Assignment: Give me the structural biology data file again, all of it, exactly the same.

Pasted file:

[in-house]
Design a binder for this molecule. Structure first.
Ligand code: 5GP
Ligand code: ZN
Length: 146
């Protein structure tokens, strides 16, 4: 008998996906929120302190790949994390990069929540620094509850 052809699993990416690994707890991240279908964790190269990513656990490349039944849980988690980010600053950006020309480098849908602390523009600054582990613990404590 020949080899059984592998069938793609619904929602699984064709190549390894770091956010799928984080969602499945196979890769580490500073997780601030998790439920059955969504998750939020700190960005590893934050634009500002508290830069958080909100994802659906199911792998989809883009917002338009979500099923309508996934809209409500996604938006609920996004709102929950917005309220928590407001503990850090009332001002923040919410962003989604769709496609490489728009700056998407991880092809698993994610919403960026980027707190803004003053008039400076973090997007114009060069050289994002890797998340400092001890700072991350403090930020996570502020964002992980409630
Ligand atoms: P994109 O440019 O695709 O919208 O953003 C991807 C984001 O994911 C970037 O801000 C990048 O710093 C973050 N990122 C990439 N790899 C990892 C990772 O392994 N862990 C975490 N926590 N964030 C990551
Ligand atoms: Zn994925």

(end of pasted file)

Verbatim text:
[in-house]
Design a binder for this molecule. Structure first.
Ligand code: 5GP
Ligand code: ZN
Length: 146
């Protein structure tokens, strides 16, 4: 008998996906929120302190790949994390990069929540620094509850 052809699993990416690994707890991240279908964790190269990513656990490349039944849980988690980010600053950006020309480098849908602390523009600054582990613990404590 020949080899059984592998069938793609619904929602699984064709190549390894770091956010799928984080969602499945196979890769580490500073997780601030998790439920059955969504998750939020700190960005590893934050634009500002508290830069958080909100994802659906199911792998989809883009917002338009979500099923309508996934809209409500996604938006609920996004709102929950917005309220928590407001503990850090009332001002923040919410962003989604769709496609490489728009700056998407991880092809698993994610919403960026980027707190803004003053008039400076973090997007114009060069050289994002890797998340400092001890700072991350403090930020996570502020964002992980409630
Ligand atoms: P994109 O440019 O695709 O919208 O953003 C991807 C984001 O994911 C970037 O801000 C990048 O710093 C973050 N990122 C990439 N790899 C990892 C990772 O392994 N862990 C975490 N926590 N964030 C990551
Ligand atoms: Zn994925």